The Green Party will deliver an alternatve Budget for the city at Wednesday’s Council meeting that makes a priority of kick-starting a post-Covid green economic recovery.
Green Party Group leader, and candidate for City Mayor, Tom Crone said: ‘It is nearly two years since the council declared a climate emergency, yet its Budget plans point to another year without any action make the economic transition.’
Cllr Crone called for a transition fund that delivers real change for people and the planet.
He called for retro-fitting homes to be made a priority. ‘That will deliver warm homes, reduce energy bills, cut fuel poverty and cut carbon to protect the environment.’
The Green Party alternative Budget recognises the damage caused by a decade of Lib-Dem and Tory governments in Westminster.
It says: ‘A real green transition will take massive investment from central government, but while that is not forthcoming we need to make sure our budget is as ambitious as possible. The business as usual budget before us is not acceptable and will be seen by people suffering climate anxiety as a betrayal.’
The Green Budget sets out affordable plans to borrow £20 million at low interest rates now to begin the green transition and reduce fuel poverty for thousands of the city’s struggling population.
‘The £20m can be immediately invested in capital projects to cut carbon in Liverpool. For example, it could insulate thousands of homes, lifting local families out of fuel poverty, generating local jobs, and keeping money that would have been spent on fuel bills in our local economy.’
Cllr Crone predicted that a full review of Labour’s capital spending plans could release £45 million from spending on more roads and car parks to fund an ambitious programme to rebuild the economy.
He added: ‘While Labour are caught up in internal feuds and playground politics, we are offering a grown up clean, green Budget that delivers for the climate and citizens.’
Green Party Budget Amendment 2021/22
As Liverpool City Council works to put into action its commitment to reaching net-zero carbon emissions by 2030, every decision made by this council must be taken with this ambition in mind. The setting of the annual budget represents the most significant decision we make each year.
Setting a budget of any sort has become a major challenge after more than a decade of central government cuts.
The coronavirus crisis has compounded this critical situation by depressing our local economy and reducing council income yet further.
But in the future, when the pandemic is behind us, the climate emergency will still be with us. Our actions today will determine whether we have adapted successfully and limited the amount of climate warming to a manageable level, or if we have passed ecological tipping points making the earth uninhabitable.
A real green transition will take massive investment from central government, but while that is not forthcoming we need to make sure our budget is as ambitious as possible. The business as usual budget before us is not acceptable and will be seen by people suffering climate anxiety as a betrayal.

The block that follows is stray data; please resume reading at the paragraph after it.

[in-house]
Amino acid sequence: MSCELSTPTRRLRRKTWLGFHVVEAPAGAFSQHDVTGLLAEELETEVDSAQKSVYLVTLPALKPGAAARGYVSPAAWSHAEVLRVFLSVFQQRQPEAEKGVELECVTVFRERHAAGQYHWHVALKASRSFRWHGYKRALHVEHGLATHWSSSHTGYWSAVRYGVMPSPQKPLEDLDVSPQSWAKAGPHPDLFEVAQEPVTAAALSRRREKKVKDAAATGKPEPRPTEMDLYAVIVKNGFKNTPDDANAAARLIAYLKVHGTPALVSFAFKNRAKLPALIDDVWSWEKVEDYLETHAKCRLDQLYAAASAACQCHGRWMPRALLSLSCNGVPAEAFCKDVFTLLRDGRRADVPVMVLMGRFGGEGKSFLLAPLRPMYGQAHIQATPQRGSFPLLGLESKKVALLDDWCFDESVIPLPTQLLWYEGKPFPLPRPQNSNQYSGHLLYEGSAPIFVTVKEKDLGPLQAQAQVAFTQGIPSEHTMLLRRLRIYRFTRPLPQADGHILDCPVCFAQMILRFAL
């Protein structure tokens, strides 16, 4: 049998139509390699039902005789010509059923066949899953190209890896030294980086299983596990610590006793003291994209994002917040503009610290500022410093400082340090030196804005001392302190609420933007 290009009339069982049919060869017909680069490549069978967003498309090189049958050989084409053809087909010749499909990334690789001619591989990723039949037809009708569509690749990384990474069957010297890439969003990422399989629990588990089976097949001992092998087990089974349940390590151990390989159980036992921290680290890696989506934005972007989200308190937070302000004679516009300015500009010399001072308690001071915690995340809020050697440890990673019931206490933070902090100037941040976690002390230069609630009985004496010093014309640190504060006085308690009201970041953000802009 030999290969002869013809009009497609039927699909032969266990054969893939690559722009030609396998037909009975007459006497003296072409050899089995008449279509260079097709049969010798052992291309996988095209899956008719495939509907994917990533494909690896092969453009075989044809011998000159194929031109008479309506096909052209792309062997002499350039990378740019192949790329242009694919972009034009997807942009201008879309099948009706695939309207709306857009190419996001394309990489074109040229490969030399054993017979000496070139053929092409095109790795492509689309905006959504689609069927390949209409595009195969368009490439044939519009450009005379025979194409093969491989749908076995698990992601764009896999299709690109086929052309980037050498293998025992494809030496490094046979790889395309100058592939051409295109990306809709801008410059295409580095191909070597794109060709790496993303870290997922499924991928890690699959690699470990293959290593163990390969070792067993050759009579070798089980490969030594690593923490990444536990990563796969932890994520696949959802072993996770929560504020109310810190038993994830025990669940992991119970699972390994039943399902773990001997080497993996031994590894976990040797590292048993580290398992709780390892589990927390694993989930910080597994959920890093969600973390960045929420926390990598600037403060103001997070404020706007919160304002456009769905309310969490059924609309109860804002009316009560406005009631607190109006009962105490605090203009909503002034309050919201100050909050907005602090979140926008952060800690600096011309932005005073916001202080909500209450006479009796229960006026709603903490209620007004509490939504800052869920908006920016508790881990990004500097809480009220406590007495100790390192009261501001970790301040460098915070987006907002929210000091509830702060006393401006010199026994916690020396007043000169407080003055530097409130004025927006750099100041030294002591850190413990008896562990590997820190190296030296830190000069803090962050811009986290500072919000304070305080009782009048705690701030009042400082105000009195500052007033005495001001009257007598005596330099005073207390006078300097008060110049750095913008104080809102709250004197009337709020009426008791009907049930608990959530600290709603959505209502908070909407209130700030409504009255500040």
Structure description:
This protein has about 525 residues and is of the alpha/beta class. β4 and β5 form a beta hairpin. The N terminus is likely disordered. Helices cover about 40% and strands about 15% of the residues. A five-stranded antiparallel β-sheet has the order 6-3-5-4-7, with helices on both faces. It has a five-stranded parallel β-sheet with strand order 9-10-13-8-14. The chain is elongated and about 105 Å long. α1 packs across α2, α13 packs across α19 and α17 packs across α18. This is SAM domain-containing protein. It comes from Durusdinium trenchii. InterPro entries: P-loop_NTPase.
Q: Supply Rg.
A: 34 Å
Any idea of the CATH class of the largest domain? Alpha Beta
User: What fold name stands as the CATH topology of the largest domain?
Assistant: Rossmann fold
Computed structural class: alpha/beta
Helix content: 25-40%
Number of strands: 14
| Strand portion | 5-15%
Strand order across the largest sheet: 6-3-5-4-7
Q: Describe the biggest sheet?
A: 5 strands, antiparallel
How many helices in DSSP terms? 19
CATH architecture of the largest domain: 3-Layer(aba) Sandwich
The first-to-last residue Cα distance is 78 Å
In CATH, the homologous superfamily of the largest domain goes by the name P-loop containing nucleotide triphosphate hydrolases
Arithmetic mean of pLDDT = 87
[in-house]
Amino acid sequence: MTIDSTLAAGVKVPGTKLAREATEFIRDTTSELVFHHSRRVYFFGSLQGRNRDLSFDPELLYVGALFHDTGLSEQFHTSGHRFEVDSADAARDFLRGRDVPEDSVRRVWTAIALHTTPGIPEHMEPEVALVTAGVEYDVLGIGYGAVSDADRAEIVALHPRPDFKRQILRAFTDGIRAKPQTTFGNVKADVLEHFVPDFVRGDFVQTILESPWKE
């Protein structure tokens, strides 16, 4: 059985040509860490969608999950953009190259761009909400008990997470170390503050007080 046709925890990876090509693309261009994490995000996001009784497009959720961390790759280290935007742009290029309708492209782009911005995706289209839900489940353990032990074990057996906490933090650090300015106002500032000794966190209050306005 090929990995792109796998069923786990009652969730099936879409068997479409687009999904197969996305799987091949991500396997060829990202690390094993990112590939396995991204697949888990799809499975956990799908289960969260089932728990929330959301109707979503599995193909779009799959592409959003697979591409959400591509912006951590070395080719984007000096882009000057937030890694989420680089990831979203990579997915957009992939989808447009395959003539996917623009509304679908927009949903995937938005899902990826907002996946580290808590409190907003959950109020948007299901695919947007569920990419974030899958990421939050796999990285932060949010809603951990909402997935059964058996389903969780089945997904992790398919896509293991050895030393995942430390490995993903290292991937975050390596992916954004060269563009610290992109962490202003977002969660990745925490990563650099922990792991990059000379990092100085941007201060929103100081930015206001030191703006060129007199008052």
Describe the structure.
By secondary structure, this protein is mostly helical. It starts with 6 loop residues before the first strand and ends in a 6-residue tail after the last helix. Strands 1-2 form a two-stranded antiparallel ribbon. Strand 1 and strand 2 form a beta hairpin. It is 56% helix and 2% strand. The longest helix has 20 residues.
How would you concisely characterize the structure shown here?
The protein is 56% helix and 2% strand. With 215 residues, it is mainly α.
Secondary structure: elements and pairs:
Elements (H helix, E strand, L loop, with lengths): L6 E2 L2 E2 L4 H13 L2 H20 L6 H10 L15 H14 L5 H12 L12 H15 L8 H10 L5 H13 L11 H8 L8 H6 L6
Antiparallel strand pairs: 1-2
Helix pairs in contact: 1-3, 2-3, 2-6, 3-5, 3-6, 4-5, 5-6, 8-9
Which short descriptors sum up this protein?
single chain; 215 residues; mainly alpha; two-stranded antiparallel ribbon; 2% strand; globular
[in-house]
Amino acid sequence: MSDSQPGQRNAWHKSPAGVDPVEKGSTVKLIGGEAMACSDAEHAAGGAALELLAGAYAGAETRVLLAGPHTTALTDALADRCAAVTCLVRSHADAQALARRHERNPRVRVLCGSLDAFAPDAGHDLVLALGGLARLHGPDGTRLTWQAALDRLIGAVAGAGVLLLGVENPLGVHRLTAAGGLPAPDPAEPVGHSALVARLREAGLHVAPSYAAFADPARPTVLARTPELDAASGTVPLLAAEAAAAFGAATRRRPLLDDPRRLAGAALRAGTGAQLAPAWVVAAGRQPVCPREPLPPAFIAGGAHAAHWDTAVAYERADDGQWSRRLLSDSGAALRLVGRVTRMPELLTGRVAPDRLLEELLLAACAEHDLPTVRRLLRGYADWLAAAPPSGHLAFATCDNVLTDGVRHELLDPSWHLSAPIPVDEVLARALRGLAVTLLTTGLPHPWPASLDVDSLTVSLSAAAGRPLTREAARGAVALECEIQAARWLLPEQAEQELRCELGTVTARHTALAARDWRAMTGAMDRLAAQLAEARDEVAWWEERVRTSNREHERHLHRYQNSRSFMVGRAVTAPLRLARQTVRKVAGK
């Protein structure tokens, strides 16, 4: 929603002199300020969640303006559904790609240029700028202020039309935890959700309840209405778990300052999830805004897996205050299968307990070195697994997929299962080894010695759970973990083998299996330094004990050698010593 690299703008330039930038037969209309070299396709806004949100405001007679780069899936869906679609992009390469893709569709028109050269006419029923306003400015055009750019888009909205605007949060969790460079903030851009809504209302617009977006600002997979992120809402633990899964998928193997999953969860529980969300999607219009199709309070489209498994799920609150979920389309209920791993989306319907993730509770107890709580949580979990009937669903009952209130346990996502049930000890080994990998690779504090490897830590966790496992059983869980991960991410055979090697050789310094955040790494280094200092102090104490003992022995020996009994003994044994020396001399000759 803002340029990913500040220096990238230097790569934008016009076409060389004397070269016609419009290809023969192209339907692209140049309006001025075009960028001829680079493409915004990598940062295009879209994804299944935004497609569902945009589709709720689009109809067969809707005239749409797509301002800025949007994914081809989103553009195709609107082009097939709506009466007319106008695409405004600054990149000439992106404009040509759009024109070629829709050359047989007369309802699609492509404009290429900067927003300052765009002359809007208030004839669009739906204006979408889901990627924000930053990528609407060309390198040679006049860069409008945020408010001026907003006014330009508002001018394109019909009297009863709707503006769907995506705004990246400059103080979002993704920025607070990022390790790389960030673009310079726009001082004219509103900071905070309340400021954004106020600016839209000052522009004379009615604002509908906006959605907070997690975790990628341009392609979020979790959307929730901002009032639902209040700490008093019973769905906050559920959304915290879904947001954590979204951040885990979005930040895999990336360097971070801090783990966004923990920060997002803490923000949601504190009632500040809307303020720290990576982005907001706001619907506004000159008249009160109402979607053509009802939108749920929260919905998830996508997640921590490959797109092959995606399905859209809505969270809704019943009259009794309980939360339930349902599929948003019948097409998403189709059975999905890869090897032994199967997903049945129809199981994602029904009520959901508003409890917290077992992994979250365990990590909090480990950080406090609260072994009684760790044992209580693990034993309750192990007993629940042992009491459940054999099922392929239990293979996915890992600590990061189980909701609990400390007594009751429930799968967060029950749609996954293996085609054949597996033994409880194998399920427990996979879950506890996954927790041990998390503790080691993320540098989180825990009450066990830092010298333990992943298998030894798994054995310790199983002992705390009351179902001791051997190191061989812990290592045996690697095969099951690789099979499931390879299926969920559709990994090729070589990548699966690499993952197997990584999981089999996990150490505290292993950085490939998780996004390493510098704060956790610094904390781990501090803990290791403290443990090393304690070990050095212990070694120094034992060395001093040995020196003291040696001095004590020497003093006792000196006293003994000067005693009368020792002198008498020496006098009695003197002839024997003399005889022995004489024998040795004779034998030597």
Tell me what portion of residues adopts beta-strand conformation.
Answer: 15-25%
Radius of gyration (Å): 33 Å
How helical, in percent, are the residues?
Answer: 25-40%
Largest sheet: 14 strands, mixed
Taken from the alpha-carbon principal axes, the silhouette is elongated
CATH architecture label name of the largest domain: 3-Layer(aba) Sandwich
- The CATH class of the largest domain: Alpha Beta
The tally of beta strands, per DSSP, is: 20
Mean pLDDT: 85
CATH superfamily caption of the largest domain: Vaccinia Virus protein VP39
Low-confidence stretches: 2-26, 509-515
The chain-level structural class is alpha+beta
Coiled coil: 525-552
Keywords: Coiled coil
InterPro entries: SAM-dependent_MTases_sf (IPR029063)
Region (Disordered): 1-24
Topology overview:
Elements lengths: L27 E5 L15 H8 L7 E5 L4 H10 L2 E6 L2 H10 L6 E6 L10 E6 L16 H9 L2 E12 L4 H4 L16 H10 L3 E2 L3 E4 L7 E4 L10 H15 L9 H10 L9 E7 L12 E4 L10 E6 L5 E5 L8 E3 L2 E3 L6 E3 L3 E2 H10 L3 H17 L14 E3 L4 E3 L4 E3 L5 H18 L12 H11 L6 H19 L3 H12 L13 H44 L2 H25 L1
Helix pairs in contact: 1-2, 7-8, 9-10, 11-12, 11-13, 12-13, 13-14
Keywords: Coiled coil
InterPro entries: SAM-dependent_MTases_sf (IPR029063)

We therefore propose the creation of several areas of climate emergency funding so that we can begin investing in a greener future.
Revenue Savings from Current Budget:
Removal of free Parking for Cllrs - £30,000
Mayoral Neighbourhood Fund - £250,000
Restructure of Senior Management - £250,000
Delete City Magazine - £68,000
Going paperless - 1/2 reduction £350,000
Review of staff travel - £200,000
These savings will cover the cost of borrowing of £20m over 25 years, and leave £150k remaining.
The £20m can be immediately invested in capital projects to cut carbon in Liverpool. For example it could insulate thousands of homes, lifting local families out of fuel poverty, generating local jobs, and keeping money that would have been spent on fuel bills in our local economy.
Active Travel Fund
In addition to £20m allocated via additional borrowing, a dedicated Active Travel Fund will be created by reallocating 40% of the projected Highways Investment Programme (HIP) spend for 2021/22. This will generate an additional £10m. The £180m remaining from our revenue savings will be kept in reserve in case there is an increase in the number of compensation claims due to the reduction in spend on Highways Improvements.
Climate Review of Capital Programme
A full review of the City Council’s planned capital spending programmes will be carried out due to many being in conflict with our overarching aim of responding to the climate emergency. Budget savings from any cancelled projects will support the aims of a prosperous and thriving city making a rapid transition to a zero carbon economy. Budgeted capital spend which might require review include:
Pall Mall, which includes a multi-storey car park;
The Cruise Liner terminal;
Multi-storey car park at Paddington Village;
Transport Capital spending;
A review of Section 106 spending.
It will be possible to identify at least £5m from these schemes that will be reallocated from climate damaging projects to carbon reducing projects.
We are proposing three revisions, which between them will generate approximately £35m of capital funding to begin the urgent job of kickstarting Liverpool’s Green recovery, and transition to zero carbon. It is just a start, but by supporting this amendment, Liverpool will signal a determination to put pledges into action and start the hard job of decarbonising our economy. We want to see an open and transparent partnership with the citizens of Liverpool and this budget would kick-start that process.